The scariosus type of peristome and the bryoides peristome were considered by Pursell and Bruggeman-Nannenga to be diagnostic for subgen. Aloma and subgen. Fissidens respectively. Several later authors did not recognize these peristome types nor did they recognize subgen. Aloma. In a recent molecular study, however, subgen. Aloma emerges as a clade of equal rank to subgenus Fissidens. Based on this and on numerous observations of peristomes the scariosus- and bryoides-type peristome are retrieved from oblivion, compared to each other, re-described and illustrated.
Brotherus (1901, 1924) and Fleischer (1904) used peristome characters for the classification of Fissidens. They distinguished between taxa with nodose and taxa with spirally ornamented filaments.
Allen (1980) published a SEM-study of peristome-types in Fissidens and concluded that in some cases these are correlated with gametophytic groups. He described the scariosus- and bryoides-types of peristome using characters of both the exterior and the interior layer of the peristome.
Bruggeman-Nannenga and Berendsen (1990) amended Allen's scariosus- and bryoides-types of peristome based partly on SEM and partly on light microscope observations. Their types are based on features of the exterior peristome layer, recognizing five main types of peristome each with a strong correlation to a gametophytic group.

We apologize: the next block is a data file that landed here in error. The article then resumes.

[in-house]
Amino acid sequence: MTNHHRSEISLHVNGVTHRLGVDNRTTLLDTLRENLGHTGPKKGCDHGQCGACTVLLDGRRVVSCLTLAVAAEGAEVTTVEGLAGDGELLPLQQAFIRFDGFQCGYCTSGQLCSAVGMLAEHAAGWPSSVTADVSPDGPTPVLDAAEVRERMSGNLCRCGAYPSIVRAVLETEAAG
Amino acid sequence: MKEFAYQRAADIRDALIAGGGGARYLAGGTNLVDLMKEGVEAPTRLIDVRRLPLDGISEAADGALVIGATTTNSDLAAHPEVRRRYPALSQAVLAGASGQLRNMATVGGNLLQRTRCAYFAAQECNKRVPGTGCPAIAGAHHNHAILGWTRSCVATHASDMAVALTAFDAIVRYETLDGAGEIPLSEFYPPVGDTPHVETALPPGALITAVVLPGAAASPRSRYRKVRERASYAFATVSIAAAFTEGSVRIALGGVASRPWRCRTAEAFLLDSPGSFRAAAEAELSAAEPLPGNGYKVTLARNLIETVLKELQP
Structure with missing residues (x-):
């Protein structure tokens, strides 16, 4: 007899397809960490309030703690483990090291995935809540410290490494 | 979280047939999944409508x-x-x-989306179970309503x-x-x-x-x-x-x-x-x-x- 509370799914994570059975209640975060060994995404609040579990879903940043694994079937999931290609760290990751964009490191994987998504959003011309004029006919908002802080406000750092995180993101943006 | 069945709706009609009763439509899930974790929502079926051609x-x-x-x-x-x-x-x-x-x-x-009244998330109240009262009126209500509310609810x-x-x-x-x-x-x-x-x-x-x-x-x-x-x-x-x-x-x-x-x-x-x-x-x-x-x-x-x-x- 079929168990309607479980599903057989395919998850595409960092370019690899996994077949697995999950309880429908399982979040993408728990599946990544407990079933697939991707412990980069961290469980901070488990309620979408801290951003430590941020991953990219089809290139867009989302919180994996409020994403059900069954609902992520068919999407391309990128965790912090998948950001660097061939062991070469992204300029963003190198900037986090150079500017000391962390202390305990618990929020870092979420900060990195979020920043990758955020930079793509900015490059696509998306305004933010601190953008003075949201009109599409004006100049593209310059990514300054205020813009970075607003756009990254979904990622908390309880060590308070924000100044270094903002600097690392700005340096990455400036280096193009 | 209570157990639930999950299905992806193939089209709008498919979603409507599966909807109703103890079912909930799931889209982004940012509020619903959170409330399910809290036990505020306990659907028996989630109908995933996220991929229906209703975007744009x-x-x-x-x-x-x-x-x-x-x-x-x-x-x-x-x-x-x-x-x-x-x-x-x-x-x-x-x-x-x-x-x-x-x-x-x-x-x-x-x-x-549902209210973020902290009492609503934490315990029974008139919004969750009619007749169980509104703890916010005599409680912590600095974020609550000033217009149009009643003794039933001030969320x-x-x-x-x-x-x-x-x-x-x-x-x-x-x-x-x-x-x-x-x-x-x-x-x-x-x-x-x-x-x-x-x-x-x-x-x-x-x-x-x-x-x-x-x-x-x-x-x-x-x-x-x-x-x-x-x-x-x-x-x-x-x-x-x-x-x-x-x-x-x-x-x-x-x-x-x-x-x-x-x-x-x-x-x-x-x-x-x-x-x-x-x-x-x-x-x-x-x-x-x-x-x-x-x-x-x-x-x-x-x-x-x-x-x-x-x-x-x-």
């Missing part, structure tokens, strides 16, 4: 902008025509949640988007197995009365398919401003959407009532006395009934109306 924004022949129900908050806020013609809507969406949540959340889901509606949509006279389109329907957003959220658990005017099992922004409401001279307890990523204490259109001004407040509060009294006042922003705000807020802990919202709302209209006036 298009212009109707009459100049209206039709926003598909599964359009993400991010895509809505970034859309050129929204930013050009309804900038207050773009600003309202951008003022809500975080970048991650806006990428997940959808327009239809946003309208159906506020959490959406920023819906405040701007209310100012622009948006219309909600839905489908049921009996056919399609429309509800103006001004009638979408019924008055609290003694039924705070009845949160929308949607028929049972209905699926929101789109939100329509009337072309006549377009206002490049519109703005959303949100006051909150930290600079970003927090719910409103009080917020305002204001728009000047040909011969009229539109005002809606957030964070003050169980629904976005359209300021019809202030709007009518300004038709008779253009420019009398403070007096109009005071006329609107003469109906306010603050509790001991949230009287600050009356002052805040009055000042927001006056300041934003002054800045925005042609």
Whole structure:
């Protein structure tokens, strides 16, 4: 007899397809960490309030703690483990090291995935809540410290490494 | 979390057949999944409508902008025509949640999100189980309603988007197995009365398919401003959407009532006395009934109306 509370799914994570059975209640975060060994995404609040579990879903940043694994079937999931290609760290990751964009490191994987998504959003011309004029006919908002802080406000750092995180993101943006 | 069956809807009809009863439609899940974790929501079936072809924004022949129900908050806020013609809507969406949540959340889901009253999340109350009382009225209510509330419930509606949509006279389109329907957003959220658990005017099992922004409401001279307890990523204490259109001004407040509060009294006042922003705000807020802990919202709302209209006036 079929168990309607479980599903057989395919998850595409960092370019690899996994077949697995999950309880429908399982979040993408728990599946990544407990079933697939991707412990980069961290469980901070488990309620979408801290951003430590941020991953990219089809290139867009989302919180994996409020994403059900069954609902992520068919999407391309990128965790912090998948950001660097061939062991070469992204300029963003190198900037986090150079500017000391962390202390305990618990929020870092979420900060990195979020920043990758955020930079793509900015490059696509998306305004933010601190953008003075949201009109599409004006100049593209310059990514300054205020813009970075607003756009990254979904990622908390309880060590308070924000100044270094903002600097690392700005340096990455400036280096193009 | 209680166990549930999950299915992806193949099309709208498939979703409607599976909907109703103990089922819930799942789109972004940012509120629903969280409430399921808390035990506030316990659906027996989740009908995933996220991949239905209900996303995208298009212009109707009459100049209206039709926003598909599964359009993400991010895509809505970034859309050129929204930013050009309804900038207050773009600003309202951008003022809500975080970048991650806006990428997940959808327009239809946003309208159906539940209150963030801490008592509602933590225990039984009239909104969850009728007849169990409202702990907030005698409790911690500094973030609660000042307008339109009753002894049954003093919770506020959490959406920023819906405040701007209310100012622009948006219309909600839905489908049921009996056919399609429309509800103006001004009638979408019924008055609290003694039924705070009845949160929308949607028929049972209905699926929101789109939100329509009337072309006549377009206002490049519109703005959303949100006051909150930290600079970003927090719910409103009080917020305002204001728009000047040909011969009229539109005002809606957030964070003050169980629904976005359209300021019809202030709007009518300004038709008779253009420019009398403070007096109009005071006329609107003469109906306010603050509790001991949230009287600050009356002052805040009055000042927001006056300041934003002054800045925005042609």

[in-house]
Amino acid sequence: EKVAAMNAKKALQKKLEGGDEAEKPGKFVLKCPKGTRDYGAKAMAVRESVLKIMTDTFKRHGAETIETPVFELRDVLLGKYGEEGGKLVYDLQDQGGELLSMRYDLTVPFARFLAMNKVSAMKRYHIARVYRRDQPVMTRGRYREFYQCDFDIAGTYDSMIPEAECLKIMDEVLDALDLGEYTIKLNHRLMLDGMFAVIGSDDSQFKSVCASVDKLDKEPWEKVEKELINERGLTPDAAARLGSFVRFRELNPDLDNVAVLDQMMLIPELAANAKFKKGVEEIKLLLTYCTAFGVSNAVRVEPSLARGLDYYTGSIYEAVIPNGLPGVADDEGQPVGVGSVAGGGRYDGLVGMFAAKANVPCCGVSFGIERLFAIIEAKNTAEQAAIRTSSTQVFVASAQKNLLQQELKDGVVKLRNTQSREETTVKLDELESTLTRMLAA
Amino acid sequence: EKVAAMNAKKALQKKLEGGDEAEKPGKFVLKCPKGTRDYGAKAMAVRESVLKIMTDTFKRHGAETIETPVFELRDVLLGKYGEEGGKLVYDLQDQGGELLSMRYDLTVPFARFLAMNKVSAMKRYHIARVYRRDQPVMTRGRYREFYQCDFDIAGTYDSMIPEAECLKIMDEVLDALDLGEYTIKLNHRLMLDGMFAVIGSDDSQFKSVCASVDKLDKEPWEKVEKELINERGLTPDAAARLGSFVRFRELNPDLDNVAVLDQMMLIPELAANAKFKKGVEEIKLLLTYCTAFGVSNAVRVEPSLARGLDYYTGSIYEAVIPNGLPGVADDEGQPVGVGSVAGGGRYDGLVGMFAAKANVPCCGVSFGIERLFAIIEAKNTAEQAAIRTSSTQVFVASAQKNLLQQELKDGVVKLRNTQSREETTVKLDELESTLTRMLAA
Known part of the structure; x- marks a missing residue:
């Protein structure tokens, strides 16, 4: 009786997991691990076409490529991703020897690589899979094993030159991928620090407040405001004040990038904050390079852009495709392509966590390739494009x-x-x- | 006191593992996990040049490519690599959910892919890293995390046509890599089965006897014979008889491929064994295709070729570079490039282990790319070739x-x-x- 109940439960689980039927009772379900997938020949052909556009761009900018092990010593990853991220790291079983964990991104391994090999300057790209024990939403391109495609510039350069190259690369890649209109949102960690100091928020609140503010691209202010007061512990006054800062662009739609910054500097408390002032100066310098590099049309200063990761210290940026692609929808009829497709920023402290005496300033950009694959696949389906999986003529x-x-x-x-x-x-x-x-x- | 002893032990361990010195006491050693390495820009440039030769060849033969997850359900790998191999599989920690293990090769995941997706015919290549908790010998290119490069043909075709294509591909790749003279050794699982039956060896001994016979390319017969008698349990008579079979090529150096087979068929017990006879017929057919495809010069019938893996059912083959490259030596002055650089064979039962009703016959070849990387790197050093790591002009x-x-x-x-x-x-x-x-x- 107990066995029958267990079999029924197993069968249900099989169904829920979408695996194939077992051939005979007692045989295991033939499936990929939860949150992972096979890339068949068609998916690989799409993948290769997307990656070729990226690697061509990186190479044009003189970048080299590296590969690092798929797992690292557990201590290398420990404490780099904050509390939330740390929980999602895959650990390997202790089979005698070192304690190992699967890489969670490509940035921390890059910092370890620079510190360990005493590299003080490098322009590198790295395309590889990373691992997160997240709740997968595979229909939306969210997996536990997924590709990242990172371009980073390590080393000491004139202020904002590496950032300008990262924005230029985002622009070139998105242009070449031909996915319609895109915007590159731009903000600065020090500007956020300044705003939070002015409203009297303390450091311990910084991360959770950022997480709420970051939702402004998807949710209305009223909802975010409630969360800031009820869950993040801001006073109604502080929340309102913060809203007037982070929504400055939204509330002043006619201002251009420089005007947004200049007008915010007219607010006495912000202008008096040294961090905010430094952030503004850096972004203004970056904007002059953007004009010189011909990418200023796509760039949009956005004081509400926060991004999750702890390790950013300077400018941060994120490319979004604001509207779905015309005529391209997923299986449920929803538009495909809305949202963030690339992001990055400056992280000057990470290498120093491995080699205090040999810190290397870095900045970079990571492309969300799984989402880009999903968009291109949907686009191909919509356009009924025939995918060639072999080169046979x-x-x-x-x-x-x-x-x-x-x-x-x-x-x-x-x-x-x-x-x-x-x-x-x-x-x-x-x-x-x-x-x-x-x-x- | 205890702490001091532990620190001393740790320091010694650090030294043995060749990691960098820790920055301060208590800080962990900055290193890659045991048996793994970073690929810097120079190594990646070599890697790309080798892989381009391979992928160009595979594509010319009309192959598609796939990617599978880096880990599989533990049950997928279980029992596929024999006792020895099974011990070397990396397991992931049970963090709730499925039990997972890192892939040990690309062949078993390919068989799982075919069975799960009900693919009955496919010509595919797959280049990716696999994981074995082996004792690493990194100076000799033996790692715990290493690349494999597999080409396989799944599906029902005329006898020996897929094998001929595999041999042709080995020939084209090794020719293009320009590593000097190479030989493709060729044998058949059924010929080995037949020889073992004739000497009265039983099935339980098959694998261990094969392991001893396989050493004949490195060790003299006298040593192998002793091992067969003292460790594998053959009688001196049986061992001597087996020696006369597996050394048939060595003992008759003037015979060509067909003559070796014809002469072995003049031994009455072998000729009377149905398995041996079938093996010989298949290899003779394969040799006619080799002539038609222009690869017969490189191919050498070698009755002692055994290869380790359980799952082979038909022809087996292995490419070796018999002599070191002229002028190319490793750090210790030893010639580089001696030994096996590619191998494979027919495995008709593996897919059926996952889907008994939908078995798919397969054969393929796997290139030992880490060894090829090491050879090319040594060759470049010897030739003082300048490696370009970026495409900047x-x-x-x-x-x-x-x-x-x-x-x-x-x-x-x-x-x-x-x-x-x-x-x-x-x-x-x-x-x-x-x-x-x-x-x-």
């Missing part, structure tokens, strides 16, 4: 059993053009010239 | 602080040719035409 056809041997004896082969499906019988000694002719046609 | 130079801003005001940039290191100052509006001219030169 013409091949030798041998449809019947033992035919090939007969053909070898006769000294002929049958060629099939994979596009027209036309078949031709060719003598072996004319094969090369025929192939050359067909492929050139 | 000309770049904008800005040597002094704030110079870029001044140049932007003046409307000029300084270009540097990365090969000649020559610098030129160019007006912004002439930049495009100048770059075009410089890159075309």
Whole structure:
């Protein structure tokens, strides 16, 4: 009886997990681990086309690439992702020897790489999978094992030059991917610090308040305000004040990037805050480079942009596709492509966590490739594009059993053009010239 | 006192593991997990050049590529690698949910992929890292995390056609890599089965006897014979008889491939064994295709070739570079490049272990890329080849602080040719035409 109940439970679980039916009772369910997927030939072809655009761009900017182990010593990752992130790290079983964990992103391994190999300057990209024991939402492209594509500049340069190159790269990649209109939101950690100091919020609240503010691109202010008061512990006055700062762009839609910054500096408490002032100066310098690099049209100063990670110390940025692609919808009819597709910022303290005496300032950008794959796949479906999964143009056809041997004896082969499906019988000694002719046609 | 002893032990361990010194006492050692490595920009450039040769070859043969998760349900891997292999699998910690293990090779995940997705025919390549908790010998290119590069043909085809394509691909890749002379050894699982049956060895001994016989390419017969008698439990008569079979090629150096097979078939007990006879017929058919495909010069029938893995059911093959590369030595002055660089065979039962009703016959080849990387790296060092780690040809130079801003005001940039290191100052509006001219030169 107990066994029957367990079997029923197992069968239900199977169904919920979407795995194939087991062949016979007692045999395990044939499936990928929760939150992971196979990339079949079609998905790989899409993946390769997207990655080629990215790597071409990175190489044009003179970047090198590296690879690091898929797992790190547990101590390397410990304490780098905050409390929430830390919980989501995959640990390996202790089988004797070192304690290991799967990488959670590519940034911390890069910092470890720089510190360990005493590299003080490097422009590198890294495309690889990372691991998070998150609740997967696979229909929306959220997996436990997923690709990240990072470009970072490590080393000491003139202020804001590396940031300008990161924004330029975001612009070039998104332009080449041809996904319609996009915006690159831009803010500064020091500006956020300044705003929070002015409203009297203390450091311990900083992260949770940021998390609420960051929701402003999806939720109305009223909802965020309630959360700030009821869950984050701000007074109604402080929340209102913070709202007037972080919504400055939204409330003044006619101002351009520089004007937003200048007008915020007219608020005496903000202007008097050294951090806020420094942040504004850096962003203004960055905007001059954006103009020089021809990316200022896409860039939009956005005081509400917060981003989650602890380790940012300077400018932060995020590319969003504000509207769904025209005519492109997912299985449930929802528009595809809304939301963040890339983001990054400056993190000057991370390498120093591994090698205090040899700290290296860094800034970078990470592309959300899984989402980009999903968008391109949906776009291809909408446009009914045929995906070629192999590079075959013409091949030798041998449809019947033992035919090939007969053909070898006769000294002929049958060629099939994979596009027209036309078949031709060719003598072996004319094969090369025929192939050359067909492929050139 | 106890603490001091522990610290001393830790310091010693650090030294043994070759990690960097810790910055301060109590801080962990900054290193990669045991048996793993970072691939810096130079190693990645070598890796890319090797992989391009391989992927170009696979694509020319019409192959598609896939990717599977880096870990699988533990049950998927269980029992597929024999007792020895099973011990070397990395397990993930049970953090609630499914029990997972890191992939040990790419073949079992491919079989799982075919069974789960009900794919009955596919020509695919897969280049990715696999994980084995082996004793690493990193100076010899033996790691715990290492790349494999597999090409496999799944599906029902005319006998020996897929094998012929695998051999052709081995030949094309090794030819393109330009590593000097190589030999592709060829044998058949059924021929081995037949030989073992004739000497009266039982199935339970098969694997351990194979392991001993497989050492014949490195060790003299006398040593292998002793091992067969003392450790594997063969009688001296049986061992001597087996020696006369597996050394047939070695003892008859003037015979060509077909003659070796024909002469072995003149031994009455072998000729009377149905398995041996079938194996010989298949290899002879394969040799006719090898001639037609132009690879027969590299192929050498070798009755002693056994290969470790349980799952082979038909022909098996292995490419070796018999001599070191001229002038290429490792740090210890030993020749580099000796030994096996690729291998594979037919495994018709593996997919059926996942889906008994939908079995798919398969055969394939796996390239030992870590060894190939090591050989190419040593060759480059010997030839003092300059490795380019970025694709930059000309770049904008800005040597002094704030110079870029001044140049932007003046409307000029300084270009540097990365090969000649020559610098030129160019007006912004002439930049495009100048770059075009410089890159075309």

Ishihara and Iwatsuki (1992) studied different features of peristomes in Fissidens and discerned two types of peristome: one not making hygroscopic movements and having nodose filaments, the other making hygroscopic movements and having spirally thickened filaments. The first is found in subgenus Serridium and Pachyfissidens while the second is found in all other infrageneric taxa.
Pursell and Bruggeman-Nannenga (2004) published ‘refinements to the infrageneric classification of the Fissidentaceae' most amendments being based on the number of exothecial cells around the capsule circumference, peristome- and the costal types. The existence of transitional forms led to a reduction of several of Brotherus’ sections into Fissidens subg. Aloma (Kindb.) Pursell & Brugg.-Nann. (in the following referred to as subgen. Aloma P&BN). Accordingly, this subgenus is sporophytically homogeneous but gametophytically rather heterogeneous. This classification was followed by Beever (2014).
Suzuki and Iwatsuki (2007) published ‘new refinements of the infrageneric classification'. They reduced the bryoides- and scariosus-peristome types into one, the fissidens-type. Consequently, they did not recognize subgen. Aloma P&BN which is based mainly on the scariosus type peristome and the presence of only 32 exothecial cells around the capsule.
Suzuki et al. (2018) published a molecular study in which subgen. Aloma P&BN is resolved as a clade ‘subgen. Fissidens sect. Polyodiopsis+sect. Areofissidens+sect. Aloma+sect. Semilimbidium'. In other words, in addition to sporophytic evidence there is now also molecular support for subgen. Aloma P&BN. This insight makes it necessary to reconsider the peristome types that have been subsumed into the fissidens-type of peristome.